C. Richard King of Washington State University (left) and Romana Bell (right) of HSU discuss historical white supremacy. Photo credit: Lora Neshovska

Uncomfortable identities explored

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An event is only defined by its memory or lack thereof. The two-day symposium (Un)Comfortable Identities: Representation of Persecution at Humboldt State University examined the effect of persecution on memory, identity and culture of ethnic groups. The convention held on Oct. 20 and 21 addressed topics of race, sexuality, religion, disability, and gender.

HSU professors and scholars from across the nation presented research and studies in various disciplines pertaining to displacement, persecution, and memory.

Organized by United States Holocaust Memorial Museum (USHMM,) the event is part of an ongoing outreach to bring Holocaust studies into North American education via symposia, lectures, and workshops.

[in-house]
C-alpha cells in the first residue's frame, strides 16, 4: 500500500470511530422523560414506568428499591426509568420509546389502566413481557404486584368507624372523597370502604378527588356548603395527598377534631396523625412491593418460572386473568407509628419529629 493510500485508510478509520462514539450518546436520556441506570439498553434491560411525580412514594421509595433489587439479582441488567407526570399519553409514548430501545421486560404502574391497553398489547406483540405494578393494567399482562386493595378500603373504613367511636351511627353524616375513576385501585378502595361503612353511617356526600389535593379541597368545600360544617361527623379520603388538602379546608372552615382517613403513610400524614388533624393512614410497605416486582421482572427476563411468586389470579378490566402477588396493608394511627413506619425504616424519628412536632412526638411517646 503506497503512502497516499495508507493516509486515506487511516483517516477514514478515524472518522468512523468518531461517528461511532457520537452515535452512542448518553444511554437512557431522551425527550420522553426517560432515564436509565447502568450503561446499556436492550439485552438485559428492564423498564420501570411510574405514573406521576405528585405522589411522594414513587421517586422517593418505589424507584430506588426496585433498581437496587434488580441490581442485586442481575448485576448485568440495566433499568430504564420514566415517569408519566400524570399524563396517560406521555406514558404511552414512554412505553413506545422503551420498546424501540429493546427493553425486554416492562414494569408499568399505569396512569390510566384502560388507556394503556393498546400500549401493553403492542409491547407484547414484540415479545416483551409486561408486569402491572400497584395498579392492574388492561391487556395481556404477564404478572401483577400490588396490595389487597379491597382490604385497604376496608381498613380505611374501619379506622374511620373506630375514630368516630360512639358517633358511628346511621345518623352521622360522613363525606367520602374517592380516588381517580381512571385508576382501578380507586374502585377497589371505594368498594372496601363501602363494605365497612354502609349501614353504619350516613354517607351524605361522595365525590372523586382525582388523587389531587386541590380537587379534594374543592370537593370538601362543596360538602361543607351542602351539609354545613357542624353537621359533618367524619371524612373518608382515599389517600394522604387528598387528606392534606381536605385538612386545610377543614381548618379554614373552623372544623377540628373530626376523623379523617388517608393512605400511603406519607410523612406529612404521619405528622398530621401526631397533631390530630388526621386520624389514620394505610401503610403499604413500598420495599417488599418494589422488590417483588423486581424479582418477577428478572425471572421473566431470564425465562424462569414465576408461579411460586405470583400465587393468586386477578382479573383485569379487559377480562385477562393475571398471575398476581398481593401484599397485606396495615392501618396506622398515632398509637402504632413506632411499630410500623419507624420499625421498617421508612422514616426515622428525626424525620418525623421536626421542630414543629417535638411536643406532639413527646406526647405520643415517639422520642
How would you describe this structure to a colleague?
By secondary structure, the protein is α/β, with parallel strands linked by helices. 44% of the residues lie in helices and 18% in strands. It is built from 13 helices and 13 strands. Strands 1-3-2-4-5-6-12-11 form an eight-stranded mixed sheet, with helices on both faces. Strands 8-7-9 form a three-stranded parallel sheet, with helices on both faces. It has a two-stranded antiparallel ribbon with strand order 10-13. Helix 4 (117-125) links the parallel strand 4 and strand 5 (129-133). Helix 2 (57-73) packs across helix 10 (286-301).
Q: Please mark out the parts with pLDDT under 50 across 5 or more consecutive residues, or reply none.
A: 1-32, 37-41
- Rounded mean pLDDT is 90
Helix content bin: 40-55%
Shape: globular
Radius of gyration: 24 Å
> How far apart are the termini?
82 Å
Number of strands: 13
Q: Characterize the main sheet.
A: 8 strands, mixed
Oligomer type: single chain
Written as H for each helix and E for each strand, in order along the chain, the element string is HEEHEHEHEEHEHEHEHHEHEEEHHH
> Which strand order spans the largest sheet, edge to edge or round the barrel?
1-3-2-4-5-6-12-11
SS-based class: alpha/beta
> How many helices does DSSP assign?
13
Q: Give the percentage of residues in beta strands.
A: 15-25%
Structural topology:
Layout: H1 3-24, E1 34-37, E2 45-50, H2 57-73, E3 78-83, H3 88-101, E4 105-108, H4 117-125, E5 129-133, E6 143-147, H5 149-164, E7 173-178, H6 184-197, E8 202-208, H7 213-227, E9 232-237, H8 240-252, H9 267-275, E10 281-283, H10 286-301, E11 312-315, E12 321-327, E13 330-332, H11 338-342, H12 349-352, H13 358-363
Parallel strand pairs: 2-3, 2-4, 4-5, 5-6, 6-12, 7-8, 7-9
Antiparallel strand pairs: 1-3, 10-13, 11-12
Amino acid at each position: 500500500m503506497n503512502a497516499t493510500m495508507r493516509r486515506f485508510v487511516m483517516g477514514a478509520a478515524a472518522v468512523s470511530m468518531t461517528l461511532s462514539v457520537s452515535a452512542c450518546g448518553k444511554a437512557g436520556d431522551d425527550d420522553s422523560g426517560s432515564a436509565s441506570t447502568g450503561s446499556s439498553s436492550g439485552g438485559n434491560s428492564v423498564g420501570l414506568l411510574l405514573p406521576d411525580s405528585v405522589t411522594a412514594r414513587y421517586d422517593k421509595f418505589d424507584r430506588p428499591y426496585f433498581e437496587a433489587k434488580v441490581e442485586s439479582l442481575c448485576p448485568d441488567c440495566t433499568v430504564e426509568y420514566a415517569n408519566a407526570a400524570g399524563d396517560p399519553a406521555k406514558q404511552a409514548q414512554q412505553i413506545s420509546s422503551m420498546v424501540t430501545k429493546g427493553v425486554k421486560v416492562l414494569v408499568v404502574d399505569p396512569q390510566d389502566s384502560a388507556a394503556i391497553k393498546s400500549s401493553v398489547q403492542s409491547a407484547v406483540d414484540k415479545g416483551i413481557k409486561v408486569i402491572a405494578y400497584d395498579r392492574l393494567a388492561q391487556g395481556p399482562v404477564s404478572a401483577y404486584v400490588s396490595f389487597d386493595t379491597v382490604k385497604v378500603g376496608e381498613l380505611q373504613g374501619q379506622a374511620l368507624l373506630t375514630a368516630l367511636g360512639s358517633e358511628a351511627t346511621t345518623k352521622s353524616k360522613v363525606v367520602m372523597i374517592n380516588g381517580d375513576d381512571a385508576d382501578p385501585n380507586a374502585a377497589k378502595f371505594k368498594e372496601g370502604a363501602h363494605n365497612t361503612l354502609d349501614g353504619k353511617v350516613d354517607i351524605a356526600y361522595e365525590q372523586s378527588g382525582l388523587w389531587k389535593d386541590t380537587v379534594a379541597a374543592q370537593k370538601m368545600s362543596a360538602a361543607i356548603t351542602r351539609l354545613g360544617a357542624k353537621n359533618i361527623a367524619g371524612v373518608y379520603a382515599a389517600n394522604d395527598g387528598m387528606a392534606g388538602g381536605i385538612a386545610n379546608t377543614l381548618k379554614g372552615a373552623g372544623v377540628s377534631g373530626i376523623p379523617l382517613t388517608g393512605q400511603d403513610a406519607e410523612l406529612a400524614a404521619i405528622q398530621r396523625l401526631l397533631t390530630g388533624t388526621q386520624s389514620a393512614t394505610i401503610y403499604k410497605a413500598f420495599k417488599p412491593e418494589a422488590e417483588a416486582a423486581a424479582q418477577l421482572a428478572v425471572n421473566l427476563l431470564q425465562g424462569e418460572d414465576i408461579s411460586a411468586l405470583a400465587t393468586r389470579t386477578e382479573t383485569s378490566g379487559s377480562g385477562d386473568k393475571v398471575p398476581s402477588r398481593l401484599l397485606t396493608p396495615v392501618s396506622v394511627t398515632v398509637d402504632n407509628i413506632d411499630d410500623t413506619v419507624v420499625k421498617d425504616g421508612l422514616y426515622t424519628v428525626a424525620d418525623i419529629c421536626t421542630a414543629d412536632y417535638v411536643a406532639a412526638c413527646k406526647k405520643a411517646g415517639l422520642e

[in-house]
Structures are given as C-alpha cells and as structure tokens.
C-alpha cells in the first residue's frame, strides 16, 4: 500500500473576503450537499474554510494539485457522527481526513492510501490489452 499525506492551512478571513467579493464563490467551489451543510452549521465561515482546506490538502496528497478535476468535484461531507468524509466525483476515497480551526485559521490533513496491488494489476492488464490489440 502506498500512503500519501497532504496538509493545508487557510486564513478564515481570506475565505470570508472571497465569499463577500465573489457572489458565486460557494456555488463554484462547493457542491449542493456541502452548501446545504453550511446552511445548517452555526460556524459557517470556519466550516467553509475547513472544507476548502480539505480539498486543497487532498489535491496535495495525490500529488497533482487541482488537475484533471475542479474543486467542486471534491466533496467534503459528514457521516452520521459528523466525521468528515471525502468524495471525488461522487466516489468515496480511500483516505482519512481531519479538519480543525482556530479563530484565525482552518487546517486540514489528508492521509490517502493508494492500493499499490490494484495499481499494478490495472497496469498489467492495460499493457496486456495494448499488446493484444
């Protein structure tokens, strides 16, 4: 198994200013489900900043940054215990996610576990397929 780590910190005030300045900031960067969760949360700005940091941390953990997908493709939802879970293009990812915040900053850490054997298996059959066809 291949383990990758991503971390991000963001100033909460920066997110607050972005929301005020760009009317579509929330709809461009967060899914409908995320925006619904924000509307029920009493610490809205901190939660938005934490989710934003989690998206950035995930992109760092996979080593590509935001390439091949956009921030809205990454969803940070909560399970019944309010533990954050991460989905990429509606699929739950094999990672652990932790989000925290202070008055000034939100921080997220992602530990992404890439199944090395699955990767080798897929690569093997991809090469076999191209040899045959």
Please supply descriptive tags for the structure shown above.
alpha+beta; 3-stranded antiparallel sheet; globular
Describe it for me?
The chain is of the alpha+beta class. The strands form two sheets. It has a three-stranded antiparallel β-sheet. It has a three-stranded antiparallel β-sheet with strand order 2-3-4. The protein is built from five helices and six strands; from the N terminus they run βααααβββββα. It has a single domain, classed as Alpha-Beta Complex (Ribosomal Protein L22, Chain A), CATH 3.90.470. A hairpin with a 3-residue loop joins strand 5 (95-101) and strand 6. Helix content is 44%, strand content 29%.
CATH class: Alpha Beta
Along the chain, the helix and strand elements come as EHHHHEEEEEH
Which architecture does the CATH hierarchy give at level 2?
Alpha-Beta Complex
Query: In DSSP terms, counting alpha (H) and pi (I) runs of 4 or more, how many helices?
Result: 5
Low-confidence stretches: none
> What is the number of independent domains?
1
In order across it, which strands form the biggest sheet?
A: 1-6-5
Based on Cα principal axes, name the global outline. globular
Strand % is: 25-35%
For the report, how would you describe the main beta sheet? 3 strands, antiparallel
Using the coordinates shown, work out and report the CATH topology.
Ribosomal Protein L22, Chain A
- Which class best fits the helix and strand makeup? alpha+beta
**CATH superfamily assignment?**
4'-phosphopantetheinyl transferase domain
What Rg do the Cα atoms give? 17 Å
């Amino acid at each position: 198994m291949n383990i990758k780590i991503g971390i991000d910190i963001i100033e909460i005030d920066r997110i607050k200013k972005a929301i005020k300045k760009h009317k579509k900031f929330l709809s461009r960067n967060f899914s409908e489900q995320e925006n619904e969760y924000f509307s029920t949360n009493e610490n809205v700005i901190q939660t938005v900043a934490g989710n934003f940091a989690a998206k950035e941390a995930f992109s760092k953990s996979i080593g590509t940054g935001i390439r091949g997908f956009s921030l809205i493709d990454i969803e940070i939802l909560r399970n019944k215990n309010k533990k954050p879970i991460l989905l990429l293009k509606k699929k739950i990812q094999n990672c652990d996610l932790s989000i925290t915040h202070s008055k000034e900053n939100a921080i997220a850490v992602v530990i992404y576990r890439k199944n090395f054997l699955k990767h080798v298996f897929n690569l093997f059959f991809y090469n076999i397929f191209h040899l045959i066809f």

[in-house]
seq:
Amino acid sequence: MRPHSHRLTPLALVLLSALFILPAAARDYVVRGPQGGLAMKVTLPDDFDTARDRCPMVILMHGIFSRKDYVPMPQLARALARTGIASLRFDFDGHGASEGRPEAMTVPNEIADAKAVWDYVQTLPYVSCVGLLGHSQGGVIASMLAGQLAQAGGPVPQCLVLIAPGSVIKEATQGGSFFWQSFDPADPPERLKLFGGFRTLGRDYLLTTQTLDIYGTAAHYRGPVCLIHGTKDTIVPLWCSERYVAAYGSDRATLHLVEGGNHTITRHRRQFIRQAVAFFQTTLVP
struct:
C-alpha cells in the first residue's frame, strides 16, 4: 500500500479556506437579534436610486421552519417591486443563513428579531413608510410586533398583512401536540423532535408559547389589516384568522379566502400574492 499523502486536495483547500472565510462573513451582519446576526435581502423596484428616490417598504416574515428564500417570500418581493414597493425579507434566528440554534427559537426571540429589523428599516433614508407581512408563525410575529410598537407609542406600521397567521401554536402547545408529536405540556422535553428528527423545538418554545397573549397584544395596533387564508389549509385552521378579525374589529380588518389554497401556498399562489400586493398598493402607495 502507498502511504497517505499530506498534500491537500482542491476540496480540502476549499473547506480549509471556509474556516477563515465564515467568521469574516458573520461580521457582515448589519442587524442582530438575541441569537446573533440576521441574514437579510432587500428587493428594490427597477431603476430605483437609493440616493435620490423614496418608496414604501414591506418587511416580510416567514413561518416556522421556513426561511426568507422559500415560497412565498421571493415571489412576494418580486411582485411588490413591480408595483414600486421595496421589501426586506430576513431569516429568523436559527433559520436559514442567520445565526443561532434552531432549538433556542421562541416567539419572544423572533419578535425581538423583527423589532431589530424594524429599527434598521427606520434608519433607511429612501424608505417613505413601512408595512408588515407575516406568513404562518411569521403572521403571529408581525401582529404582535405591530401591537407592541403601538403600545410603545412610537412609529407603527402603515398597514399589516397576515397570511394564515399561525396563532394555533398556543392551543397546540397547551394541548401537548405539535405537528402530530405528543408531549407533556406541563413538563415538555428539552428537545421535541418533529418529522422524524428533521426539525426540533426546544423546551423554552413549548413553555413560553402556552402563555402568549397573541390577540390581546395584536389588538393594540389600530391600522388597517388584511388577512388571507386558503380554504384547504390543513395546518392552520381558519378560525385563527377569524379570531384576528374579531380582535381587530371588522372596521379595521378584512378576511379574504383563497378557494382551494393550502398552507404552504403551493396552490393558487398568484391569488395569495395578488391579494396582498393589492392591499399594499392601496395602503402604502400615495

Since attending a faculty program hosted by USHMM, Humboldt State Critical Race and Gender Studies (CRGS) professor Maral Attallah and Native American Studies instructor Kerri J. Malloy have been working to bring this type of event to HSU.

“We wanted this to be an opportunity to develop relationships for HSU student internships, for research, and for more faculty to participate in these seminars,” Malloy said.

W. Jake Newsome of the USHMM says this event has been in the works for almost two years. “[Symposiums] are tailored to the local community, so they can be more impactful,” Newsome said. Speakers were selected per panel to complement each other both by USHMM and HSU.

“We worked closely with [Attallah and Malloy] to bring on leading experts on race, identity, and activism,” Newsome said. “We brought in educators from across the country to talk about some of the challenges, strategies, and rewards of teaching topics students might find problematic.”

Ramona Bell, CRGS associate professor at HSU spoke on the persecution of black athletes. “I wanted to show today that they are change agents,” Bell said. “They are resilient and not passive.”

Bell says that getting these topics to be talked about starts with “a realization of your own code of ethics.” Whatever the issue might be, “do you care?” Bell said.

The event was open to the public and brought together an audience of local community members, students, and faculty. “Even if this is happening at Humboldt, it’s benefiting a much larger audience,” Malloy said.

 

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